Area churches ‘gather’ in creative ways
Drive up, pull in and watch from the safety of your car. Or from your home?
Bethany Wesleyan Church Bethany adapted to the closure of its three Lehigh Valley campuses this weekend with a change in venue: Becky’s Drive-In on Route 248. The live service asked participants to stay in their cars and tune their radios while a worship service and sermon took place.
“It was awesome,” Casey Spencer, campus pastor at Bethany Wesleyan Church in Lehighton, said. “We’re already making plans for next Sunday.”
The past weekend’s sermon, which Spencer said saw about 350 cars attend, began around 10:45 a.m.
So many cars lined up that there was a temporary traffic jam on Route 248 and the service started a few minutes later than planned.
The church will repeat the gathering next Sunday at the same time.
Inspired by drive-ins, the Rev. Jody Neifert and his wife, Kim Neifert, led St. John’s Lutheran Towamensing church through their first drive-in worship service on Sunday.
The service was constructed similar to a regular service with hymns, Scripture, message and prayers, only it was located outdoors, across the street from the church.
Neifert began the service with words of encouragement regarding the current pandemic.
“God will triumph over all,” Neifert said. “For the difficult times that we are facing, know that we’ll get through it together.”
He regularly plays guitar during his services and is known as the “singing pastor.” He saw no reason not to be himself during his outdoors service and brought along his guitar and his singing partner, his wife, an active member in the children’s music ministry.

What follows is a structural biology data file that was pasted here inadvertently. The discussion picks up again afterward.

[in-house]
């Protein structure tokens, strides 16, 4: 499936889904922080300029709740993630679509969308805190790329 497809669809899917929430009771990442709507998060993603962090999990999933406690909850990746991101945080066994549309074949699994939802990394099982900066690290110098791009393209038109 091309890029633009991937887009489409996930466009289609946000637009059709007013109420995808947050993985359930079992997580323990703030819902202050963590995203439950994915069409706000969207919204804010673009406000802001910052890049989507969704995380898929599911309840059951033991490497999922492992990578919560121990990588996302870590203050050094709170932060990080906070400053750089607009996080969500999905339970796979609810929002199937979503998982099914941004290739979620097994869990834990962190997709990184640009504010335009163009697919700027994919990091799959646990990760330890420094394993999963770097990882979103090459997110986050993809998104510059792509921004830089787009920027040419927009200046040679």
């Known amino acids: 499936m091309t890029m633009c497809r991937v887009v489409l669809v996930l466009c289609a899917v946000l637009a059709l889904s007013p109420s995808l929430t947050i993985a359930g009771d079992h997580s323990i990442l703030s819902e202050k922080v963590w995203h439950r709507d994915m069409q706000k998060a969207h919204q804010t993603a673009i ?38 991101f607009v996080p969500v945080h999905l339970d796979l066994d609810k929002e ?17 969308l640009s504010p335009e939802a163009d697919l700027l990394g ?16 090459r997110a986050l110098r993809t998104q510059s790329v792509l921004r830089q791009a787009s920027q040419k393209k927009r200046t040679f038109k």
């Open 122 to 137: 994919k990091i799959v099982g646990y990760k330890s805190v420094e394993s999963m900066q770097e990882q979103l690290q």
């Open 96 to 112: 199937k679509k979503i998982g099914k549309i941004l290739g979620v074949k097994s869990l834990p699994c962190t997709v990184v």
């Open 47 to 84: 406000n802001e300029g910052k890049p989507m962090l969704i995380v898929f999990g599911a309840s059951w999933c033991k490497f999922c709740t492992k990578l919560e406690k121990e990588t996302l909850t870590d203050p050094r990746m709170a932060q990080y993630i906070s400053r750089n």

Salvatore LoPiccolo of Nesquehoning, who attended the event, commented on the beauty of having the mountain scenery to accompany the service. Other attendees left their cars to enjoy the fresh air, while still keeping safety in mind and remaining a few feet away from each other.
Neifert posted about the event on Facebook and on the church’s website to incite response and attendance, but even he was surprised at the outcome.
He said the service went well with about 40 cars showing up. He said as long as he’s able to ensure the safety of his congregation, he would like to have another drive-in church service.
“Even if it’s through a car window, or from 10 feet away, I think people have a need to bind together as a community,” he said.
Neifert said he will continue to pray for God’s inspiration and guidance from leaders, scientists, health-care professionals, and all others who work serving the needs of people.
Many are churches streamed their services of Facebook for the first time.
Danielle Derrickson contributed to this report.